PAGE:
• If you’re working in an industry like fashion, retail, video games or sport – influencers may be relatively easy to find. Other industries – like mental health – prove more challenging. When Good Rebels was asked by Otsuka Laboratories to identify relevant influencers – we developed an index where we assessed the most impactful influencers in the mental health space, organised by type (amplifiers or broadcasters?) and platform. Social listening allowed us to build relationships based on shared values and not on financial incentive. 
  • Customer experience:
  • Crisis management:
    • Sometimes brand management means handling a crisis – or avoiding them where possible. There are plenty of platforms that can help us identify potential threats through variations in conversation volume or the appearance of relevant keywords, and then send out automatic notifications in real-time to relevant stakeholders. For instance, we defined a crisis protocol for Chiesi Lab and its medicine portfolio in order to gather intelligence from the market to support its decision making process.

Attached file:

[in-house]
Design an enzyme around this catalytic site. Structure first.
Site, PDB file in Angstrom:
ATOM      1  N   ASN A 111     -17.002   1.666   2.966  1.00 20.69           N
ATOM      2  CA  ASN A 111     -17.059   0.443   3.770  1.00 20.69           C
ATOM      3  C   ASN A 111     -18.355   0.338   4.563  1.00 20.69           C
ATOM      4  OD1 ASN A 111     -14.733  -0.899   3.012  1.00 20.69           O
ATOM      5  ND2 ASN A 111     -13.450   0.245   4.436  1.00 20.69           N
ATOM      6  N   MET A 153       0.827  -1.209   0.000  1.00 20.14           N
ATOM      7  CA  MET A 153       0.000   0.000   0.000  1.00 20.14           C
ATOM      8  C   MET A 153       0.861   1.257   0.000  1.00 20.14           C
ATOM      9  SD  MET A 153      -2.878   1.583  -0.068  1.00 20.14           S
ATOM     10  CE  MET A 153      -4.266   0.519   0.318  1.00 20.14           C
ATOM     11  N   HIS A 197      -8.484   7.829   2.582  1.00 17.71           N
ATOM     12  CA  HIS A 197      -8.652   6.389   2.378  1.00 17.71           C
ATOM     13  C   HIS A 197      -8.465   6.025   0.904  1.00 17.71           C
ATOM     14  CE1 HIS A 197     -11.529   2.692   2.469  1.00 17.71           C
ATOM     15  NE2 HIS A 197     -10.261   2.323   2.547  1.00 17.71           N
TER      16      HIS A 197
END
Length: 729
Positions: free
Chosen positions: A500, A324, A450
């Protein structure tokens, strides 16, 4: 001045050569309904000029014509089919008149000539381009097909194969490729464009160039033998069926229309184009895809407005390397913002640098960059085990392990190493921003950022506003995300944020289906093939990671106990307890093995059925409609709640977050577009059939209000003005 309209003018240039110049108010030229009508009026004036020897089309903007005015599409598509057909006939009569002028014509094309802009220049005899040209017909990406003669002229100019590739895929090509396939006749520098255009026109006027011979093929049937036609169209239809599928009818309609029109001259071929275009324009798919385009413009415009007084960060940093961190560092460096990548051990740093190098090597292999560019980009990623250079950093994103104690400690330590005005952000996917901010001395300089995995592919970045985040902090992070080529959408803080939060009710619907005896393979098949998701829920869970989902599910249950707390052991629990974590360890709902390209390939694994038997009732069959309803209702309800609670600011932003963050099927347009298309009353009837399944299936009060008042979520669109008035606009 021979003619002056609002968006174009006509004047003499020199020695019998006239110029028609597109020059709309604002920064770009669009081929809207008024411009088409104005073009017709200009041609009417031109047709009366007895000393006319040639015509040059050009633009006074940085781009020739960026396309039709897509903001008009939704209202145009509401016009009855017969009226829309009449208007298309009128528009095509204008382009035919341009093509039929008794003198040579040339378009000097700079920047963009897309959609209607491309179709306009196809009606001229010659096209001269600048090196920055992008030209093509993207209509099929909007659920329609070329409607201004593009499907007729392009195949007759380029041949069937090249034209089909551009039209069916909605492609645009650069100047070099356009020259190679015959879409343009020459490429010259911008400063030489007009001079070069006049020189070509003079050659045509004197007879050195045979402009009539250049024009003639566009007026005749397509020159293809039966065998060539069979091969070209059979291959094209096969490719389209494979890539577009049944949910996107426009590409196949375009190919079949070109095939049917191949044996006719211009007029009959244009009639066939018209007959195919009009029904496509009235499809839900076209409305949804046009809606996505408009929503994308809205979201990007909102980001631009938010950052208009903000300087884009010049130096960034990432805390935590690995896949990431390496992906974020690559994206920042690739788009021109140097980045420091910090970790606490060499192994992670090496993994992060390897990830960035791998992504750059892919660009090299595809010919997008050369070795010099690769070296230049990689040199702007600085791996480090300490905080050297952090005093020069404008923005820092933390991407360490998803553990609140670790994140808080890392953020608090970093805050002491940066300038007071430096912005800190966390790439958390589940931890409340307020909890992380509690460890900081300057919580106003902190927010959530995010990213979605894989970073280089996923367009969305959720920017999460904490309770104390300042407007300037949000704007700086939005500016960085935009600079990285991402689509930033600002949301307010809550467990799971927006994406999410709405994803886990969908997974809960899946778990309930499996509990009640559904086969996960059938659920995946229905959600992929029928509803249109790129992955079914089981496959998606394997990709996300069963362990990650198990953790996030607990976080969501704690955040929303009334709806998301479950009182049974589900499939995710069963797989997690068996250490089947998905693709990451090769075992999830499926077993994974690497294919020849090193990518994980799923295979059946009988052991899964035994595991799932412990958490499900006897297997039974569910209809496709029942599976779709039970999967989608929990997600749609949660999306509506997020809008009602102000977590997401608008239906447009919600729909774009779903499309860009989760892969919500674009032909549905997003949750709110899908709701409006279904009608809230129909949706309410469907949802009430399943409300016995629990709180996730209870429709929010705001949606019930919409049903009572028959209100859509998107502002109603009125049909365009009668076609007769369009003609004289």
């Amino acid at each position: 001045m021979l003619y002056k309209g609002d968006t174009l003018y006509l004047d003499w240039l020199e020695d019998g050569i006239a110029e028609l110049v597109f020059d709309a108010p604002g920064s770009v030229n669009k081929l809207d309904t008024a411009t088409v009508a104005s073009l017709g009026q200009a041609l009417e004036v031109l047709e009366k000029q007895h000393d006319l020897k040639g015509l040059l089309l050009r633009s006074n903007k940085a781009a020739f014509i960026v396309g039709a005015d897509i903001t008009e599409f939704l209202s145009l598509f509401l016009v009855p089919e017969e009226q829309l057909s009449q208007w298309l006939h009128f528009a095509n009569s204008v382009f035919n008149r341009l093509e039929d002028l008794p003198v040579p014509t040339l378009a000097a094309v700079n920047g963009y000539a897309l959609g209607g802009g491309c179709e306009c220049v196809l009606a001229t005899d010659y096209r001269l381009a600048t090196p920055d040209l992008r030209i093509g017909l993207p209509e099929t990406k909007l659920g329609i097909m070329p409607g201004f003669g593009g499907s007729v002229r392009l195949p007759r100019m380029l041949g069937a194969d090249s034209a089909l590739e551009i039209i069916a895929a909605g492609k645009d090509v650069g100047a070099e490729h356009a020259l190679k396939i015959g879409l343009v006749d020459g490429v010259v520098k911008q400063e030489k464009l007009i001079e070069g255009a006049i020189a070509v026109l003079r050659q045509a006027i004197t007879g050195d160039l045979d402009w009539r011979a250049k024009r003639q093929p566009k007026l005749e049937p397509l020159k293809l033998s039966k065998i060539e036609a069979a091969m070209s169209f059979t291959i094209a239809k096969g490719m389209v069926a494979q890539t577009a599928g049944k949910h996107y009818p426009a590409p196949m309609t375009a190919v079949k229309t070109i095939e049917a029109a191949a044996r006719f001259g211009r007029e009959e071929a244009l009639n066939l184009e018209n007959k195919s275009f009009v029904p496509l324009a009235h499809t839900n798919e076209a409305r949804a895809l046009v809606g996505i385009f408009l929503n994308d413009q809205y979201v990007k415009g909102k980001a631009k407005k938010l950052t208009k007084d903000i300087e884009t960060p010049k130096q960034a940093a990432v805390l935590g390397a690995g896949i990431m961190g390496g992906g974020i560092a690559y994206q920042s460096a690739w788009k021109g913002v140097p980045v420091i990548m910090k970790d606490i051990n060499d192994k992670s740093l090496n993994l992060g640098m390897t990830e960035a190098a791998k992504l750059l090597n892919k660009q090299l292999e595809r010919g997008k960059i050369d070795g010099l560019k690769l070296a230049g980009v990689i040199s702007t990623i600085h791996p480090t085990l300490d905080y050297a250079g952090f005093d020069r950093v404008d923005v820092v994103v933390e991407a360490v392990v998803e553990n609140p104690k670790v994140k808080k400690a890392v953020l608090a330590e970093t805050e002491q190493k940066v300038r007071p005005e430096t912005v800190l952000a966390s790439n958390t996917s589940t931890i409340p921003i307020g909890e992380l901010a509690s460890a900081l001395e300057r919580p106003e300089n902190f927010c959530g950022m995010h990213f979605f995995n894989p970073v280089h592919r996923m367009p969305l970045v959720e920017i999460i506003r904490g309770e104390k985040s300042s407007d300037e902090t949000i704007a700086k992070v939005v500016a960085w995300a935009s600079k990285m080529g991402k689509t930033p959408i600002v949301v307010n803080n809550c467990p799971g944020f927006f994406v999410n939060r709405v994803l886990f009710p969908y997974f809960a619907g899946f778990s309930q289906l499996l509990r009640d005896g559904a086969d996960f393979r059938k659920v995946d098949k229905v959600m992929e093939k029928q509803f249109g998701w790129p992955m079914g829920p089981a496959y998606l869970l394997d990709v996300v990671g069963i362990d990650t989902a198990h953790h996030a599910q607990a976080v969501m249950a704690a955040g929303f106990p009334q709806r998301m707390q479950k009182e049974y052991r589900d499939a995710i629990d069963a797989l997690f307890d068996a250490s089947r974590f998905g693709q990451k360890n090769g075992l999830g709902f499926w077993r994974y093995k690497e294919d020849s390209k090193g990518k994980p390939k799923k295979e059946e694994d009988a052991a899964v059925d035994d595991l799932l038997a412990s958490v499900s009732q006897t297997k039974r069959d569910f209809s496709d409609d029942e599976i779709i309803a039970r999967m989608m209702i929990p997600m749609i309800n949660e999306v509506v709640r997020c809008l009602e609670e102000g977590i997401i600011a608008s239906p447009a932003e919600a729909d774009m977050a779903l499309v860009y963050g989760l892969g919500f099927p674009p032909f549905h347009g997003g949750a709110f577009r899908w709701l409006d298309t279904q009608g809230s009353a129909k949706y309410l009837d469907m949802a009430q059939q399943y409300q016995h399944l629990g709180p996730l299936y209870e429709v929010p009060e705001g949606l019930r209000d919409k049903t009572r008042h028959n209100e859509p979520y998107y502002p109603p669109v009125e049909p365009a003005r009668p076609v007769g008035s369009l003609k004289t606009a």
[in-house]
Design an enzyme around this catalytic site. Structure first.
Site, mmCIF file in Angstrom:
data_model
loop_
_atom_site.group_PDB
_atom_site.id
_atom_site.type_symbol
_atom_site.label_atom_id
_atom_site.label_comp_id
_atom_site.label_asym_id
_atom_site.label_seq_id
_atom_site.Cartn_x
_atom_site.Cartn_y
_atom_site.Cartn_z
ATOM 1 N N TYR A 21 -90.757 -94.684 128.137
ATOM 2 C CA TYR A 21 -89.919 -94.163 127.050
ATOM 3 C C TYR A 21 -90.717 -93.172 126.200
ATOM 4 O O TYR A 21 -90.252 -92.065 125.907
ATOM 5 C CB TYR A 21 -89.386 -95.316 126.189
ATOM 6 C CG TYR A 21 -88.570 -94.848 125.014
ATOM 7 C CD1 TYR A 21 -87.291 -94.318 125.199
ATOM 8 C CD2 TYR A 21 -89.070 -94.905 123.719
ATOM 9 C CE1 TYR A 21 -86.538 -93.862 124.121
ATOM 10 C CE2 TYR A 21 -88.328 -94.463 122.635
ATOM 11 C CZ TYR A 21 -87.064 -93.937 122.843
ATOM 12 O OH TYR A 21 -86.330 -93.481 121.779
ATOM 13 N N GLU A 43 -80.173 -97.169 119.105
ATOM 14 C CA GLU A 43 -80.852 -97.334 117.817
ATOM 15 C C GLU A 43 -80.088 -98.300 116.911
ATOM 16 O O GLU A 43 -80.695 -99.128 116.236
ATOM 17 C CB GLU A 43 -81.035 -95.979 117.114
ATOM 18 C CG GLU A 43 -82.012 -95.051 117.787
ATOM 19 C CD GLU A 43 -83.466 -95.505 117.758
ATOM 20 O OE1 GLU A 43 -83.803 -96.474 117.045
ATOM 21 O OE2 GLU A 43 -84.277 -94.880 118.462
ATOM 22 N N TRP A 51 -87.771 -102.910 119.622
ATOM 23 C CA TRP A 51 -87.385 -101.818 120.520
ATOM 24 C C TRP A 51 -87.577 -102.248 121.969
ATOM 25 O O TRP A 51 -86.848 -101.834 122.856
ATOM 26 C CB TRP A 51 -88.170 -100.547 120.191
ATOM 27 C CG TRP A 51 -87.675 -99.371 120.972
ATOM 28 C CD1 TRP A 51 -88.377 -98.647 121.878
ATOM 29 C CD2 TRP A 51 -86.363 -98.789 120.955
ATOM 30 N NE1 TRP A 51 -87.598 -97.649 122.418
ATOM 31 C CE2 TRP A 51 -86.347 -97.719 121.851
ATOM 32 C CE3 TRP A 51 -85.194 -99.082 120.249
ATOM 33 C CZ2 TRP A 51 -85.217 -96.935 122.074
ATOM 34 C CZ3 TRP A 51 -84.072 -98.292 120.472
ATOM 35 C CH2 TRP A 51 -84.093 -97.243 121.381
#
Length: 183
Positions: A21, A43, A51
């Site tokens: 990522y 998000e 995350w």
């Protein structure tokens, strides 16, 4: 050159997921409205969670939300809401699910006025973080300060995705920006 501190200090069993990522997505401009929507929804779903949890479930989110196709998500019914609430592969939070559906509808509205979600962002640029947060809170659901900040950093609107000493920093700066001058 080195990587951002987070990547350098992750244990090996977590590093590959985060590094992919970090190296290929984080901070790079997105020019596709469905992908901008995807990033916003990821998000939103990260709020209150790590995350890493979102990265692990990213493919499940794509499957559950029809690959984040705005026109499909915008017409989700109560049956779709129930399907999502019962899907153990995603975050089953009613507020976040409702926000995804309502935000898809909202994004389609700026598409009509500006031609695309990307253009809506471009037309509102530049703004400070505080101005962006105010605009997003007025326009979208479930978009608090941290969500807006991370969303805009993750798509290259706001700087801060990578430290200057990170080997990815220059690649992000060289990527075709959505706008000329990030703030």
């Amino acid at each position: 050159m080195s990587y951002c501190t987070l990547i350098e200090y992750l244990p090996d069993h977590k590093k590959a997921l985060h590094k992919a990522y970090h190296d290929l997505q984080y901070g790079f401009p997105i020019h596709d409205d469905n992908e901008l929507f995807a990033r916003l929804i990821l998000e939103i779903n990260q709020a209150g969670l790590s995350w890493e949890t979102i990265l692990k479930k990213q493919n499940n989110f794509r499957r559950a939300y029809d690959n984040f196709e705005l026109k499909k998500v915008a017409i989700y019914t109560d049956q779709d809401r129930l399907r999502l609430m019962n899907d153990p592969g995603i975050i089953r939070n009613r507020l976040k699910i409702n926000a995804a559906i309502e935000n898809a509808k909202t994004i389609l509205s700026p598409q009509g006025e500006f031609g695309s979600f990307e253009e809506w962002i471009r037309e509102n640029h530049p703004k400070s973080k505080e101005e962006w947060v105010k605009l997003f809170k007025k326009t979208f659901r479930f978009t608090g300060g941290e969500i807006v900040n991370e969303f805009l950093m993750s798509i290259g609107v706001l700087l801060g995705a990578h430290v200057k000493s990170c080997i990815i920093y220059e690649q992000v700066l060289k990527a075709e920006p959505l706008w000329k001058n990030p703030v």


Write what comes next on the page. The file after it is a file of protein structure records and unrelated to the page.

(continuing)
What’s the future for vendors? 

Social listening companies are no longer just technology providers, but market analysis tools (and consultants). As for their future, Carla Domingo, from Clarabridge, pointed out that, as content is mostly visual and with little text, current efforts aim to extract valuable insights from videos and images through artificial intelligence.

Isabel Pelaez, from Brandwatch, expressed that product development will be focused on extracting better insights in a shorter period of time. ”Artificial intelligence will simplify and shorten processes, but it also depends on the data corporate culture, as it must be used for better marketing decisions at all levels, from the community manager up to the CEO.”

We are entering the Digital Consumer Intelligence era, where consumers are the true centre of business. By developing a fuller understanding of our competitors, the industry at large, and consumer perceptions of our brand, we can be proactive about shaping our brand and our business.